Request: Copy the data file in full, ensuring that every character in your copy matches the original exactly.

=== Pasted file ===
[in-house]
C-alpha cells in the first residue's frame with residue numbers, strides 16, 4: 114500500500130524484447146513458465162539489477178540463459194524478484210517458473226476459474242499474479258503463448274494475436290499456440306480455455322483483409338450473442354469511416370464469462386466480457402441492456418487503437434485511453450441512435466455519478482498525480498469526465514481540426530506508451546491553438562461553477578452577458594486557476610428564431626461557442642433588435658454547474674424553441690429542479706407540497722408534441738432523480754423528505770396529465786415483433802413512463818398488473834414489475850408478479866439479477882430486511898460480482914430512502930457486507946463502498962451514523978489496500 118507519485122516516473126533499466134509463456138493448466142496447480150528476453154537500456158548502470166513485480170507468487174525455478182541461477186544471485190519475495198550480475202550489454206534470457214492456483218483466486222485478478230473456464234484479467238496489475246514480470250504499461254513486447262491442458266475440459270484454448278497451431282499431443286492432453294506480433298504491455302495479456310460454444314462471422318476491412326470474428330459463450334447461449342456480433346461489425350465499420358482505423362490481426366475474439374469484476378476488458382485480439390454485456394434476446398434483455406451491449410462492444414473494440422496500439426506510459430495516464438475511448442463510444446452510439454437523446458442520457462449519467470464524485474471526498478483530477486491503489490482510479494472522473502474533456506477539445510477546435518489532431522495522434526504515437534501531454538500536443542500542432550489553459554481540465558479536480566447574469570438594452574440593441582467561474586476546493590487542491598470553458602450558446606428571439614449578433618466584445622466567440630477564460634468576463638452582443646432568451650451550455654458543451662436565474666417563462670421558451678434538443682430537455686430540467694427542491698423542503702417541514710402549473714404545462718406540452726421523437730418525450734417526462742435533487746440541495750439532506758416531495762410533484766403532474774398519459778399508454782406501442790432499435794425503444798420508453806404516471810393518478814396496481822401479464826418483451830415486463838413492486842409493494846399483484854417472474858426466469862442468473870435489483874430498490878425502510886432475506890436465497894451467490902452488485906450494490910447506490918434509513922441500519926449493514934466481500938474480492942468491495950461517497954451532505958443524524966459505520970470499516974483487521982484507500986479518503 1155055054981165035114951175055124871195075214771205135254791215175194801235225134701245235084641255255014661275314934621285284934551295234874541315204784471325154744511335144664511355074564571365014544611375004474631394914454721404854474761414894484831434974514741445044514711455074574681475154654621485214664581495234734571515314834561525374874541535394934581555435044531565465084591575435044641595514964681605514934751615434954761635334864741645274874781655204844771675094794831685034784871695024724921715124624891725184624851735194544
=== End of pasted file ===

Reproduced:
[in-house]
C-alpha cells in the first residue's frame with residue numbers, strides 16, 4: 114500500500130524484447146513458465162539489477178540463459194524478484210517458473226476459474242499474479258503463448274494475436290499456440306480455455322483483409338450473442354469511416370464469462386466480457402441492456418487503437434485511453450441512435466455519478482498525480498469526465514481540426530506508451546491553438562461553477578452577458594486557476610428564431626461557442642433588435658454547474674424553441690429542479706407540497722408534441738432523480754423528505770396529465786415483433802413512463818398488473834414489475850408478479866439479477882430486511898460480482914430512502930457486507946463502498962451514523978489496500 118507519485122516516473126533499466134509463456138493448466142496447480150528476453154537500456158548502470166513485480170507468487174525455478182541461477186544471485190519475495198550480475202550489454206534470457214492456483218483466486222485478478230473456464234484479467238496489475246514480470250504499461254513486447262491442458266475440459270484454448278497451431282499431443286492432453294506480433298504491455302495479456310460454444314462471422318476491412326470474428330459463450334447461449342456480433346461489425350465499420358482505423362490481426366475474439374469484476378476488458382485480439390454485456394434476446398434483455406451491449410462492444414473494440422496500439426506510459430495516464438475511448442463510444446452510439454437523446458442520457462449519467470464524485474471526498478483530477486491503489490482510479494472522473502474533456506477539445510477546435518489532431522495522434526504515437534501531454538500536443542500542432550489553459554481540465558479536480566447574469570438594452574440593441582467561474586476546493590487542491598470553458602450558446606428571439614449578433618466584445622466567440630477564460634468576463638452582443646432568451650451550455654458543451662436565474666417563462670421558451678434538443682430537455686430540467694427542491698423542503702417541514710402549473714404545462718406540452726421523437730418525450734417526462742435533487746440541495750439532506758416531495762410533484766403532474774398519459778399508454782406501442790432499435794425503444798420508453806404516471810393518478814396496481822401479464826418483451830415486463838413492486842409493494846399483484854417472474858426466469862442468473870435489483874430498490878425502510886432475506890436465497894451467490902452488485906450494490910447506490918434509513922441500519926449493514934466481500938474480492942468491495950461517497954451532505958443524524966459505520970470499516974483487521982484507500986479518503 1155055054981165035114951175055124871195075214771205135254791215175194801235225134701245235084641255255014661275314934621285284934551295234874541315204784471325154744511335144664511355074564571365014544611375004474631394914454721404854474761414894484831434974514741445044514711455074574681475154654621485214664581495234734571515314834561525374874541535394934581555435044531565465084591575435044641595514964681605514934751615434954761635334864741645274874781655204844771675094794831685034784871695024724921715124624891725184624851735194544